Have you ever driven around Port Elizabeth annoyed? “Why do I have to drive all the way around to get to the 3rdAvenue dip or Brickmaker’s just to get to the other side of town? Why can’t there just be development all the way through”. Come, let us take you on a journey through time so that you can get to know more about this beautiful land that you have to drive around daily.
Where It Began
Water will always be a reason for people to move and habitat an area. The Dutch arrived in 1787 and were after the fresh water that the Baakens Valley had to offer. They also enjoyed the shelter it gave in the bay. The Dutch were not the first residents of the area, however. The Khoisan were the first people who lived off the land, hunted game and gathered food. Soon after the Dutch arrived, the British troops had taken possession of the Lower Baakens Valley in 1799 and they had various encounters with Xhosa, Khoisan and Dutch farmers known as the Trekboers who too were trying to establish themselves in the area.
The 1820 Settlers were not far behind and set themselves up on Algoa Bay, just north of the Baakens River. The river was used as one of the most important resources, which also formed a laundry in the area known as Brickmakers Kloof. This part of the river eventually became a popular place to go swimming and boating.
Development in Port Elizabeth
As the years went by Port Elizabeth saw dramatic change. The Lower Baakens became Main Street, which we know as Govan Mbeki Avenue. This is where the inner city began to develop. The city was completely connected by the river and the sea. Did you know that The Tramways Building – where the Goodnight Market takes place – was built in 1897, in the middle of a flood plain but it has remained intact since it was built? The river that fed the sea in South End was mostly inhabited by fishermen and was used as an essential part of their daily lives.
In the early twentieth century, botanical gardens were flourishing around Port Elizabeth with exotic plants and birds being introduced into a more vegetation landscape, today we know it as Settlers Park.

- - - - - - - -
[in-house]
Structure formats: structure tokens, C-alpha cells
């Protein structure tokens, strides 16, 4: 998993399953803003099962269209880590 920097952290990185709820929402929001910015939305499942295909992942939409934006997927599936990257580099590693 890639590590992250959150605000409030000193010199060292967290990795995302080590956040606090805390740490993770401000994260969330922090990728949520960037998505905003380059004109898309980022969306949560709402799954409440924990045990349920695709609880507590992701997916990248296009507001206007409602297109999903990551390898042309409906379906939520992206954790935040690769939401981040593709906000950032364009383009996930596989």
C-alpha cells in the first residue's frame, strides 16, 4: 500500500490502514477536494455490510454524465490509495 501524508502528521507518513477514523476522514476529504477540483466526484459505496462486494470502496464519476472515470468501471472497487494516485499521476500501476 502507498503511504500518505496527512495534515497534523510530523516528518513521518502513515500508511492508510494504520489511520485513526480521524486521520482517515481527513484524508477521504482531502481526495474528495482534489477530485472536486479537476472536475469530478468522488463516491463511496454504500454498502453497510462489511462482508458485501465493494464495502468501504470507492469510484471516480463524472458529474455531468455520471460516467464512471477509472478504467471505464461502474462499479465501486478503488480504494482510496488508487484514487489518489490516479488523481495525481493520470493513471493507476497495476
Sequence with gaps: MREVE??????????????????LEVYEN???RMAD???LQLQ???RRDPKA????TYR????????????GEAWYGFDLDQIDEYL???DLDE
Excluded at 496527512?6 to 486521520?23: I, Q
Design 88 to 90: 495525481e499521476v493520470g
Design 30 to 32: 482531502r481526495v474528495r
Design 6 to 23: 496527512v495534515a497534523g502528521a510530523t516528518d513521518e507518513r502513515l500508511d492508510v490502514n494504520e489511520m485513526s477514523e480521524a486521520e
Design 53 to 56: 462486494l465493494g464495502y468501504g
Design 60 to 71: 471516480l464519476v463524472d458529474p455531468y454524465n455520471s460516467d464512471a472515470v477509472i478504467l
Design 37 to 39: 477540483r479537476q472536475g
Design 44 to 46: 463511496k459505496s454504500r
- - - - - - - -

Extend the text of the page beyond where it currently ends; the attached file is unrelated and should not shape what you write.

More Than A Running Trail
Now that you’ve learnt a little history, let’s get into the real reason you are here! The Lower Guinea Fowl Trail. This trail is located between the 3rdAvenue Dip in Newton park and it follows the river down to Settlers Park right to Brickmakers Kloof. The trail follows the Baakens River through a steep-sided valley, taking you through the city’s suburbs. The source of the Baakens River is situated in Hunters Retreat and flows a lengthy 23km where it reaches its mouth at the Port Elizabeth Harbour.
There is so much to see on The Lower Guinea Fowl Trail. There is a knife-edge spur that protrudes into the valley from Linkside, where a boardwalk descends into the boundary of Dodd’s Farm, which can also be used to access the trail by 9thAvenue. The well-known Bat’s Cave is located on the Dodd’s Farm River crossing before a beautiful veld appears that you walk through from old Trollip’s Farm to Target Kloof. But wait, there is more. Feel like you are on top of the world when you visit Wellington Park, here you will have a panoramic view of The Baakens Valley. The trail route through Settlers Park, gives you the opportunity to look up at the High Lovers Rock, which is home to a rare peregrine falcon. Feel like you are part of nature while you run the trail and be on the lookout for guinea-fowl, peafowl, mountain tortoise, dassies and maybe even see a mongoose. If you are lucky, you could also see grysbok and the beautiful Knysna Lourie.
So, next time you feel yourself becoming annoyed about having to drive all the way around the Valley, spend some time thinking about these interesting facts and appreciate the drive.